Whoa! Look at this critter hanging out on Asclepias curassvica ‘Silky Mix’ milkweed, an annual milkweed I’m growing in planters. For perspective, the leaves in the photo are about 5.5″ long and 1.5″ wide at the longest point. While new-to-me, Milkweed Longhorn Beetle or Red Milkweed Beetle (Tetraopes femoratus) is relatively common and found throughout Colorado.
All milkweed longhorns feed and develop only on milkweeds (Asclepias spp), some feed only on one species, while others are not as particular. This visitor showed no interest in the nearby native milkweed, Asclepias tuberosa.
It hung out on a stem for several days, did little obvious damage to the foliage or flowers and moved only slightly. They can often be seen mating on the plant, although I only saw a solitary beetle.
The female milkweed beetle lays eggs at the root crown. The larvae, called roundheaded borers, will tunnel into the root system and later emerge as adults which live about a month. According to Dr. Whitney Cranshaw of Colorado State University, longhorn beetles rarely cause serious damage to plants.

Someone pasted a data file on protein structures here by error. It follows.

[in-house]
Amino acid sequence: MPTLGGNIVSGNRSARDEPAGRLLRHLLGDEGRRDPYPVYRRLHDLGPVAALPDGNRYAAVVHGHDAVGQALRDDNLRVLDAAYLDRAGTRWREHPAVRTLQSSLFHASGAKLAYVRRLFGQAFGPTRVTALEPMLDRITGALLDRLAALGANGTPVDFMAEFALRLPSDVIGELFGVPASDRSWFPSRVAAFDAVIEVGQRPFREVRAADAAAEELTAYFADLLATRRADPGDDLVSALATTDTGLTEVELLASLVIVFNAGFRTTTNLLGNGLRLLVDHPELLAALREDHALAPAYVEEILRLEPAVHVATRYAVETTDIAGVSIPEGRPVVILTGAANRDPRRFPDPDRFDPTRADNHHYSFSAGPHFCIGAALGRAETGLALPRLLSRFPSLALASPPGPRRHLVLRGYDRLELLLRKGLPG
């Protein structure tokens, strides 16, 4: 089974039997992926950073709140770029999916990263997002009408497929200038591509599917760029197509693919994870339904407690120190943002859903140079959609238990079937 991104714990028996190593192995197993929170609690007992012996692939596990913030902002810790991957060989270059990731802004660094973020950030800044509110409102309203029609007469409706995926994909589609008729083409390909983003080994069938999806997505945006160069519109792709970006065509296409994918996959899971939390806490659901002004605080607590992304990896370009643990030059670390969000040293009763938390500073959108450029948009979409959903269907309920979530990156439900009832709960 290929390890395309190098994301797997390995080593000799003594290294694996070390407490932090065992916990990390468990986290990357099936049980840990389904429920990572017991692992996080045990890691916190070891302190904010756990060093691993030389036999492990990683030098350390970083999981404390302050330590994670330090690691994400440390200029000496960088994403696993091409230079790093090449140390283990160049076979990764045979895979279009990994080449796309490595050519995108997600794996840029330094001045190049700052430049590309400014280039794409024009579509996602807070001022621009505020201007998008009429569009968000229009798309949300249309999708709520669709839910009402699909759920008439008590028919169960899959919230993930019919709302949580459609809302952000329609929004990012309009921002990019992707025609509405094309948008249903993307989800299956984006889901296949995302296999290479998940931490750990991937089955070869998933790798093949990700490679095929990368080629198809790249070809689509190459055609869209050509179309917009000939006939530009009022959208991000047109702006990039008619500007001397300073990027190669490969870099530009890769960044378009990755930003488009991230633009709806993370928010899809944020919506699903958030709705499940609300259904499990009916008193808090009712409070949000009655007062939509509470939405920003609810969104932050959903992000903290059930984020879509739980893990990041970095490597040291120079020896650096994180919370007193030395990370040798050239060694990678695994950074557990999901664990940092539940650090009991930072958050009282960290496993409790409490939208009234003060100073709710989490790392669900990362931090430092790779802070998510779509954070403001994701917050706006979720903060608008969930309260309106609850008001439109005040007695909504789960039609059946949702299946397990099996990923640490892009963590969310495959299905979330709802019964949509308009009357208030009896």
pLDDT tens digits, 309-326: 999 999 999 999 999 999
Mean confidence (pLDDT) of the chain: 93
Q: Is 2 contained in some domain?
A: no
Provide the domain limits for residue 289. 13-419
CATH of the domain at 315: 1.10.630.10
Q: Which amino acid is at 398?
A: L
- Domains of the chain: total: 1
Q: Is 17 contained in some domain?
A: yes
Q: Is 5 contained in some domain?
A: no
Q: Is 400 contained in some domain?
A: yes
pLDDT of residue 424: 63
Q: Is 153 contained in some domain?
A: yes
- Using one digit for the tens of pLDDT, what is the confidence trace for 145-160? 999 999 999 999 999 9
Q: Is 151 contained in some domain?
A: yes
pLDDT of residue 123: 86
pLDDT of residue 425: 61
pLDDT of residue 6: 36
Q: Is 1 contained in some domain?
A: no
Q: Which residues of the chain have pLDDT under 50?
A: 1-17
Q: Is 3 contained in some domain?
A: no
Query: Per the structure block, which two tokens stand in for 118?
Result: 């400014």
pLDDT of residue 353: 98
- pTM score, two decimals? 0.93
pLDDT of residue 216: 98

Milkweed longhorns make a squeaking sound, especially if held (I don’t know this from experience). It is believed this is a warning noise. “Purring” has also been reported as a mating call.
The distinctive color is a result of feeding on the alkaloid toxins which are contained in the milkweed sap. This is the same defensive toxin found in monarch butterflies. The flashy color screams “danger” to predators.
If you are growing milkweed, keep your eye out for these colorful, over-sized beetles.
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Text and photo by Linda McDonnell, Denver County Master Gardener